Marc Eliot has been writing about pop culture for more than twenty-five years and is the author of more than a dozen books translated into twenty-seven languages, including the critically acclaimed, award-winning biography Walt Disney: Hollywood's Dark Prince and, with Erin Brockovich, the New York Times bestselling Take It from Me. He divides his time among Los Angeles, New York City, and upstate New York. Visit his website at marceliot.net
So sophisticated: from a prolific Hollywood biographer. Copyright 2004 Reed Business Information.
During a four-decade career filled with outstanding performances (The Awful Truth; The Philadelphia Story; Notorious; North by Northwest; Charade), Grant's greatest creation was the illusion that the suave Cary Grant really existed offscreen. Born Archibald Leach in Bristol, England, in 1904, he was traumatized at 10 when told of his mother's death. Eighteen years later, he learned she was alive (his father had committed her to an asylum). Grant nonetheless succeeded in Hollywood. After making 24 films in five years, he refused to re-sign with Paramount and, in 1936, became one of Hollywood's first freelance actors. On-screen and off, Grant was pursued by women, but his openly gay relationship with Randolph Scott lasted until both were pressured by studios to marry. Eliot, who has coauthored memoirs with Donna Summer, Barry White and Erin Brockovich, convincingly alleges that Grant was pressured by the FBI to spy on his second wife, heiress Barbara Hutton, in 1942 in return for American citizenship. Eliot's fascinating, sympathetic portrait is of a consummate performer who hid inner demons and used filmmaking to distance himself from reality (and four of his five wives). After years of therapy, weekly LSD treatments and retirement from films, he had a daughter (at age 62), a later happy marriage (he was 74, she 25) and some inner peace before his 1986 death. Photos not seen by PW. Agent, Mel Berger. (Sept.) Copyright 2004 Reed Business Information.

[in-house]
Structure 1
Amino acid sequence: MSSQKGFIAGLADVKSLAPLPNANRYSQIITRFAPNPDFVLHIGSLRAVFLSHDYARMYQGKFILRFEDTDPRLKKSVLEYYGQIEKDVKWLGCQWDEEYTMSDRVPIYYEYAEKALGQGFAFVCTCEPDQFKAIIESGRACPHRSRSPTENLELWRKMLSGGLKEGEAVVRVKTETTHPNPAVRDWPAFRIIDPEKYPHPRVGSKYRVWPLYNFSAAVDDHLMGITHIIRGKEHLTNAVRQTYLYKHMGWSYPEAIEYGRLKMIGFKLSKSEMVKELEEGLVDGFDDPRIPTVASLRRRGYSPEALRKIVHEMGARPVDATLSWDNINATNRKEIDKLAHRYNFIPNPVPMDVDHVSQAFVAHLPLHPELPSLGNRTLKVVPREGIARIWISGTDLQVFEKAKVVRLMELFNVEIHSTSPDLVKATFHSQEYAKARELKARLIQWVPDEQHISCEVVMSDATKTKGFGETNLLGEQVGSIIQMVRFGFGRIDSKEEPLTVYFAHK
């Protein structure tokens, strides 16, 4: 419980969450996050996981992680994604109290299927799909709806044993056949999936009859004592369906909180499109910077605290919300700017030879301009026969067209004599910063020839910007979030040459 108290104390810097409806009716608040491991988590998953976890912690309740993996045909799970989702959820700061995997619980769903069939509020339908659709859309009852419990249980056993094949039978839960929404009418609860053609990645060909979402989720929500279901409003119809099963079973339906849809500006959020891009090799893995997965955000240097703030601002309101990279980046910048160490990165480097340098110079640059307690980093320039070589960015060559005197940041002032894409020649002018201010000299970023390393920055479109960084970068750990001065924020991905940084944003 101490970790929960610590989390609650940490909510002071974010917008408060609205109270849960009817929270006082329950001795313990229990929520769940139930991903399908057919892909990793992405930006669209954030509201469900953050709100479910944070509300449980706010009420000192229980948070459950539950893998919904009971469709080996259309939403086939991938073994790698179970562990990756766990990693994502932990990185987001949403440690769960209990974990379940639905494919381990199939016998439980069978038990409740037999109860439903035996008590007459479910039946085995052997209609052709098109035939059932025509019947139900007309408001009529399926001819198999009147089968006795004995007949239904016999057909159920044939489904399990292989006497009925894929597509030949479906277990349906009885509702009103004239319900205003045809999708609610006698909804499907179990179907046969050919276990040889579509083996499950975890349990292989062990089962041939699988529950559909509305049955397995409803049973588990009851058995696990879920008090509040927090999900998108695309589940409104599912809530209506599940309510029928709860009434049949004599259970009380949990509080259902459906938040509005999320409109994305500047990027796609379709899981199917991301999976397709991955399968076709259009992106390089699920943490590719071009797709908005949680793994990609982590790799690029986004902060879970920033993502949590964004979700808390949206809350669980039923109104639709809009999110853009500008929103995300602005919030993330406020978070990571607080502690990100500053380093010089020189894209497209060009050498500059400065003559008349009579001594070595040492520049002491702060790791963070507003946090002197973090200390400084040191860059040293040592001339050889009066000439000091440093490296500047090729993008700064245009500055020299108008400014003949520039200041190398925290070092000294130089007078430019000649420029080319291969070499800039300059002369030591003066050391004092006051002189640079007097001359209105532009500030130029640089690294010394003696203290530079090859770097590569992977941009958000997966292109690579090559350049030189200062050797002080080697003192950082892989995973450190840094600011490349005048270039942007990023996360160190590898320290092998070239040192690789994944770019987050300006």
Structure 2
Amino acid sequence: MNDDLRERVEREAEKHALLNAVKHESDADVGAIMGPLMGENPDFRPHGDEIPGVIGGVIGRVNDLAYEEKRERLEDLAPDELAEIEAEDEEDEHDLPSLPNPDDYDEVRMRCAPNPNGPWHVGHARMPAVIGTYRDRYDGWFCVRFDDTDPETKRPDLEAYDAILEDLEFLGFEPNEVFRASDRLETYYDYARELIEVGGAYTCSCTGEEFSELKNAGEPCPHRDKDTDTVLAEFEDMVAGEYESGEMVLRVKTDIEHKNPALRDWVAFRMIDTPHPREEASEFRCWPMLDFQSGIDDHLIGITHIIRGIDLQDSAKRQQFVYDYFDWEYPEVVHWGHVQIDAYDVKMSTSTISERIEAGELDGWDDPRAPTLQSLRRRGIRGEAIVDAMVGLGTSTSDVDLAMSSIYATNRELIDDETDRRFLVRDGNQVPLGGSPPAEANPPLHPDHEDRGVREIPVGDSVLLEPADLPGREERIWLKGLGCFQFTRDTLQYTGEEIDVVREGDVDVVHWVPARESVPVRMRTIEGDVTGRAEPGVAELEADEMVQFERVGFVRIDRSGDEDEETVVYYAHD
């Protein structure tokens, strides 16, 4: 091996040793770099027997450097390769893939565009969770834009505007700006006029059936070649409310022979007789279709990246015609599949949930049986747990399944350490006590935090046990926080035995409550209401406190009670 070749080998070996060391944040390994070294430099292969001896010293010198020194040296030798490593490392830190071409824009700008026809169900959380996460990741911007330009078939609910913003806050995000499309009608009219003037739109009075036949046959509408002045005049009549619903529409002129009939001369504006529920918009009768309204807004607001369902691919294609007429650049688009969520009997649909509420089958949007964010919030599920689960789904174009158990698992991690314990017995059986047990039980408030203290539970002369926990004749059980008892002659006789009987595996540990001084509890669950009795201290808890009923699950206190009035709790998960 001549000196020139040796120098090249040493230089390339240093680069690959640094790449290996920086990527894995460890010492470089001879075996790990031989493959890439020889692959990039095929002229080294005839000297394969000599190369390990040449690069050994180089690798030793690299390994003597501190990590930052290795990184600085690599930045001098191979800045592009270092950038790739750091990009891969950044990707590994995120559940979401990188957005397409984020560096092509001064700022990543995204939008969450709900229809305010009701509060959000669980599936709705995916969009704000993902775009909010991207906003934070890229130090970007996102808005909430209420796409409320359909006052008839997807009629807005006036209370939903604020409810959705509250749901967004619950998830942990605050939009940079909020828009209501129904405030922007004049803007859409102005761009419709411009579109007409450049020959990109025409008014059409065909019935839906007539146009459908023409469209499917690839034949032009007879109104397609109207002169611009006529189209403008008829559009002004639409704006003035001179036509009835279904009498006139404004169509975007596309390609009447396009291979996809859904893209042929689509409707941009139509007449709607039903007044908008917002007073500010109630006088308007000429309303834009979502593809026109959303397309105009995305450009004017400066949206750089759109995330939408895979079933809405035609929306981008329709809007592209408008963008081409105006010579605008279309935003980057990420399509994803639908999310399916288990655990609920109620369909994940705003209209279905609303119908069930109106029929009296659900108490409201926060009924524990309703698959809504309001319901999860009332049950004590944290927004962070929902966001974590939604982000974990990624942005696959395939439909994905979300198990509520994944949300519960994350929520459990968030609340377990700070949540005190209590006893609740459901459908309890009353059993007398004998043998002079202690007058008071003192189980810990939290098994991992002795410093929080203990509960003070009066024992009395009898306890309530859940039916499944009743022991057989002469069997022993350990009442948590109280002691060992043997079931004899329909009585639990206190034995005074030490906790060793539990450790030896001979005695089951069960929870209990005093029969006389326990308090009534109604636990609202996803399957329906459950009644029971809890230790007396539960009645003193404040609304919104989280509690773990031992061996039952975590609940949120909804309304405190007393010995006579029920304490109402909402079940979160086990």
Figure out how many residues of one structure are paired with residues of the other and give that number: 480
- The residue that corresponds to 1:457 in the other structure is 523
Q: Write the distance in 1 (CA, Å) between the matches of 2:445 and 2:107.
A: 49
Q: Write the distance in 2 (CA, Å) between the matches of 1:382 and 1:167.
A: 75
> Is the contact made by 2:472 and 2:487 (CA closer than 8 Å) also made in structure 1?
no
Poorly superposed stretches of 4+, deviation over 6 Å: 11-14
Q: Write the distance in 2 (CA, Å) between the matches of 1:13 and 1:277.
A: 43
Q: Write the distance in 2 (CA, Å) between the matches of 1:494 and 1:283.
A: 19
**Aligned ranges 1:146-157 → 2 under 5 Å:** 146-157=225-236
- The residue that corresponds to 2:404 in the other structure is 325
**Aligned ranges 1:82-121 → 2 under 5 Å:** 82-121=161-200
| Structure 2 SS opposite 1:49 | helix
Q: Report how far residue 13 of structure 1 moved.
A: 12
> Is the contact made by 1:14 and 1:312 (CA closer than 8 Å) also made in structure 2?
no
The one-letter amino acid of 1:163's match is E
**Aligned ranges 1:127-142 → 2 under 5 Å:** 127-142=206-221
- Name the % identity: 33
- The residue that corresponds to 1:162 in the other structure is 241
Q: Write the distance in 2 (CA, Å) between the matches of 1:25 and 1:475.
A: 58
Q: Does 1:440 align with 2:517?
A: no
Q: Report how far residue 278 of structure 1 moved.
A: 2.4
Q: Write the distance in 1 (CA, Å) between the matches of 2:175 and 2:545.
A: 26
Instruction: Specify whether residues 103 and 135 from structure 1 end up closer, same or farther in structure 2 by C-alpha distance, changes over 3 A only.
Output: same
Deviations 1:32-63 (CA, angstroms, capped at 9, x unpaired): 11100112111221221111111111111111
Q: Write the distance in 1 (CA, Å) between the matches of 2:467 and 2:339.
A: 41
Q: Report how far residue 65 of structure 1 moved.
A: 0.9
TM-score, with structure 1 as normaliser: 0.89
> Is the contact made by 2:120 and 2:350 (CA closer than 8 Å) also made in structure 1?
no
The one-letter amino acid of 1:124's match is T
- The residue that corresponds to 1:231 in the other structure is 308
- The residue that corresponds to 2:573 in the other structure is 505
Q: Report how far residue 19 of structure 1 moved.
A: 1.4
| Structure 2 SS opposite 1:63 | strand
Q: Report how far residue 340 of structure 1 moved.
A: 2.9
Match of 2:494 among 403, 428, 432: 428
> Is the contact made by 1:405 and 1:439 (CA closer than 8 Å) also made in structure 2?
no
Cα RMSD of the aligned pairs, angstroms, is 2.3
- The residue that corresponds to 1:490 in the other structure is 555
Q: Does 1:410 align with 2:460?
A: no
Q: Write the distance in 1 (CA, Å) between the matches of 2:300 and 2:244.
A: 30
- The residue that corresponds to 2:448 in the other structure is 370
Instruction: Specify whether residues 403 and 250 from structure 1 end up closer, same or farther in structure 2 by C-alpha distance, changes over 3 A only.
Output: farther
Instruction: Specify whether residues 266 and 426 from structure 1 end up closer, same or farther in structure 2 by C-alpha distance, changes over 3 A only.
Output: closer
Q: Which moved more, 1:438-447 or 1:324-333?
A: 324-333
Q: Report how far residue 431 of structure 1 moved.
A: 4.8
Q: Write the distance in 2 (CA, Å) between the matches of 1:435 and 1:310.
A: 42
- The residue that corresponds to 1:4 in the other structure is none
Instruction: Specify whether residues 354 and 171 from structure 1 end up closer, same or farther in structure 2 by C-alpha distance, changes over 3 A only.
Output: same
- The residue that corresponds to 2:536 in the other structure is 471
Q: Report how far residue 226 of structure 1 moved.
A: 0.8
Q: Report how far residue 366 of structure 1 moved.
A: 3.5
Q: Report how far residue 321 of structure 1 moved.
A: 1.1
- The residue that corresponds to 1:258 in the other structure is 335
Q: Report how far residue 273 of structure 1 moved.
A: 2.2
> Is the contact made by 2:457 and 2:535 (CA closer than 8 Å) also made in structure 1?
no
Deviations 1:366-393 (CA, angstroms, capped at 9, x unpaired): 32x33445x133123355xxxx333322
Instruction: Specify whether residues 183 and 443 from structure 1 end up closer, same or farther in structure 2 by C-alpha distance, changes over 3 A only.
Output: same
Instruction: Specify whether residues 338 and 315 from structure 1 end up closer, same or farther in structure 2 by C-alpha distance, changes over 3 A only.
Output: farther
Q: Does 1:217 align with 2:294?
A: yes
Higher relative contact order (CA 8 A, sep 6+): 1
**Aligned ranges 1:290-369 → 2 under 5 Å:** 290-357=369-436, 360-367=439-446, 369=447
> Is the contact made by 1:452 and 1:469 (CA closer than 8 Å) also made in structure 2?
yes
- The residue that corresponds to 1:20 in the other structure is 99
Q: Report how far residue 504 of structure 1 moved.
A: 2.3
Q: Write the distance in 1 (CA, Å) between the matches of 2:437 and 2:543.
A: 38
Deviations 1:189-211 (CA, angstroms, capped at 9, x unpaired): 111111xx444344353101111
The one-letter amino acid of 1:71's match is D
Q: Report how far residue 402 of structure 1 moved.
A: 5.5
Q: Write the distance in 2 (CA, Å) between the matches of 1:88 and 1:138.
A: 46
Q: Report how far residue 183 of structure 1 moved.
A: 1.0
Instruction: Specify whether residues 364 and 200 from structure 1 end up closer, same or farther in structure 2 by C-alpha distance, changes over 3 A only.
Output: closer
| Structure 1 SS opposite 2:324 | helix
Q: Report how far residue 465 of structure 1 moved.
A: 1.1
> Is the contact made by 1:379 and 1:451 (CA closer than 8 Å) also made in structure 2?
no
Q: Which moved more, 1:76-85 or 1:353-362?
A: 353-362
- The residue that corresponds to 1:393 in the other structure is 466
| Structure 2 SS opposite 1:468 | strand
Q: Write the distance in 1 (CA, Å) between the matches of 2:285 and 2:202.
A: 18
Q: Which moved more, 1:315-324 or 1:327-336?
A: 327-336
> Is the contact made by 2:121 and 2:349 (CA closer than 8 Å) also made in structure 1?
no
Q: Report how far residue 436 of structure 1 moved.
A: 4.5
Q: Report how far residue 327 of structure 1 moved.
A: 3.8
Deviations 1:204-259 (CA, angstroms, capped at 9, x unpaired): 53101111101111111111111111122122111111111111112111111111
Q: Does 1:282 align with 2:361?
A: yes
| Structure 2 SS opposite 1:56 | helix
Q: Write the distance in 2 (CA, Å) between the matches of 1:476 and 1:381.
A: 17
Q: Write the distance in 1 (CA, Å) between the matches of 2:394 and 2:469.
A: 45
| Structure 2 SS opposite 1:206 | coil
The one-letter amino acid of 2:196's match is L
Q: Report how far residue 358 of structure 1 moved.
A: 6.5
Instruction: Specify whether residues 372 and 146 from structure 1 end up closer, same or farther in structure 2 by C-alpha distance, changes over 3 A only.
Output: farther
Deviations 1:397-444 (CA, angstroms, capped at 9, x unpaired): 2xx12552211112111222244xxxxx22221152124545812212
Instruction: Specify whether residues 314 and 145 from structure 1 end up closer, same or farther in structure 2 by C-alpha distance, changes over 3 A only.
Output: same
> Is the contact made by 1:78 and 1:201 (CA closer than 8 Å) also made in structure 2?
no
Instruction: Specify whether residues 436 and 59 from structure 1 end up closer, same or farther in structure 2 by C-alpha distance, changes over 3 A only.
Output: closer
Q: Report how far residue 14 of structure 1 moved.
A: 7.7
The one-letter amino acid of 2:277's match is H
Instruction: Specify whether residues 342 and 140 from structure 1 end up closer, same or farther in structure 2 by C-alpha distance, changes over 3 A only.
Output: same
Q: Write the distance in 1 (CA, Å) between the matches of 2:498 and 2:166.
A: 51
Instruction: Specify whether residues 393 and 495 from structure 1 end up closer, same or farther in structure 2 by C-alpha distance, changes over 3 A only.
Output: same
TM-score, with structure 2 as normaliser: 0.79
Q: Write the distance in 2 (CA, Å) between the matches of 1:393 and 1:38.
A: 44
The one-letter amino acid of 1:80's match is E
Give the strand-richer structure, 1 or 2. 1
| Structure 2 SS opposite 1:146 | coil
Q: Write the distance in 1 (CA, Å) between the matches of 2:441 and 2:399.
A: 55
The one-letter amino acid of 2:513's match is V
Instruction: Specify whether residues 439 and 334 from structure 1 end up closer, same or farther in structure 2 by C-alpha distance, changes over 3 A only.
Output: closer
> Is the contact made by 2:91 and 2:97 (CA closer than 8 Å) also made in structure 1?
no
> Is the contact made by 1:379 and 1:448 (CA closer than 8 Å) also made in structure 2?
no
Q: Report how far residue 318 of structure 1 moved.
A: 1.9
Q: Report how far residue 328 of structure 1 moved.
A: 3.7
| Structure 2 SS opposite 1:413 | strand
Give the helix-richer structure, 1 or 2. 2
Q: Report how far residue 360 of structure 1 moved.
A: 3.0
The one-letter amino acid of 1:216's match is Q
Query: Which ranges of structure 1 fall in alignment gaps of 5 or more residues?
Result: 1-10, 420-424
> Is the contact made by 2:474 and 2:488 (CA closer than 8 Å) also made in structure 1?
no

"A fascinating and thorough portrait. . . . Eliot does a good job of cracking the screen fantasy." --Esquire
"Highly readable. . . . Glimpses of the debonair leading man's dark side are the most intriguing elements of this welcome biography." --People (3 stars) "Keeping the actor's astonishing career firmly in view, Eliot assembles a portrait that shows the dark shadows behind the gleaming facade, while also revealing Grant's own shrewdness in maintaining that fictional persona." --Washington Post "Eliot gives us a Grant we've never fully glimpsed before." --Vogue